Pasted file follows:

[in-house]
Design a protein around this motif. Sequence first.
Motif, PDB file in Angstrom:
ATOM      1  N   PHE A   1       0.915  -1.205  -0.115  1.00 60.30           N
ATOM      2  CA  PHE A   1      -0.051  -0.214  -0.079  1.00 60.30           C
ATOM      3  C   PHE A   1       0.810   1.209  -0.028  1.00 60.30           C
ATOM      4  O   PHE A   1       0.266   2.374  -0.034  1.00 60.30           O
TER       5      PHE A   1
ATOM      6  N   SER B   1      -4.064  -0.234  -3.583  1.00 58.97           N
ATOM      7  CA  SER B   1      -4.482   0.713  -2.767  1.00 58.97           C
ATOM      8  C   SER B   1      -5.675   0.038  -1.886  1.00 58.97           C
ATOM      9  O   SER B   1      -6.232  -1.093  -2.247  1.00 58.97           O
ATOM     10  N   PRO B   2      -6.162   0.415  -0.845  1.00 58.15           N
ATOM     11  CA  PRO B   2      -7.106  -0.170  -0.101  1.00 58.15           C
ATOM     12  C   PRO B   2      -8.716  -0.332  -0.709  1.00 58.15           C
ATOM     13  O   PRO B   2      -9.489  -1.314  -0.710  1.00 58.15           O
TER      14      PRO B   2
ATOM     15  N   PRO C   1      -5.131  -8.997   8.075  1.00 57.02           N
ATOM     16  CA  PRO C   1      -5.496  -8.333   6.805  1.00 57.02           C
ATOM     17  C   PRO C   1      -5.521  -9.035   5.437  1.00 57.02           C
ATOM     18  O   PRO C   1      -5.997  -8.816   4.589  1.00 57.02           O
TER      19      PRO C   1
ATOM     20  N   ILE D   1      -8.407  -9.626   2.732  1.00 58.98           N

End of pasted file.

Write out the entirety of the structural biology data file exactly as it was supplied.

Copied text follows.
[in-house]
Design a protein around this motif. Sequence first.
Motif, PDB file in Angstrom:
ATOM      1  N   PHE A   1       0.915  -1.205  -0.115  1.00 60.30           N
ATOM      2  CA  PHE A   1      -0.051  -0.214  -0.079  1.00 60.30           C
ATOM      3  C   PHE A   1       0.810   1.209  -0.028  1.00 60.30           C
ATOM      4  O   PHE A   1       0.266   2.374  -0.034  1.00 60.30           O
TER       5      PHE A   1
ATOM      6  N   SER B   1      -4.064  -0.234  -3.583  1.00 58.97           N
ATOM      7  CA  SER B   1      -4.482   0.713  -2.767  1.00 58.97           C
ATOM      8  C   SER B   1      -5.675   0.038  -1.886  1.00 58.97           C
ATOM      9  O   SER B   1      -6.232  -1.093  -2.247  1.00 58.97           O
ATOM     10  N   PRO B   2      -6.162   0.415  -0.845  1.00 58.15           N
ATOM     11  CA  PRO B   2      -7.106  -0.170  -0.101  1.00 58.15           C
ATOM     12  C   PRO B   2      -8.716  -0.332  -0.709  1.00 58.15           C
ATOM     13  O   PRO B   2      -9.489  -1.314  -0.710  1.00 58.15           O
TER      14      PRO B   2
ATOM     15  N   PRO C   1      -5.131  -8.997   8.075  1.00 57.02           N
ATOM     16  CA  PRO C   1      -5.496  -8.333   6.805  1.00 57.02           C
ATOM     17  C   PRO C   1      -5.521  -9.035   5.437  1.00 57.02           C
ATOM     18  O   PRO C   1      -5.997  -8.816   4.589  1.00 57.02           O
TER      19      PRO C   1
ATOM     20  N   ILE D   1      -8.407  -9.626   2.732  1.00 58.98           N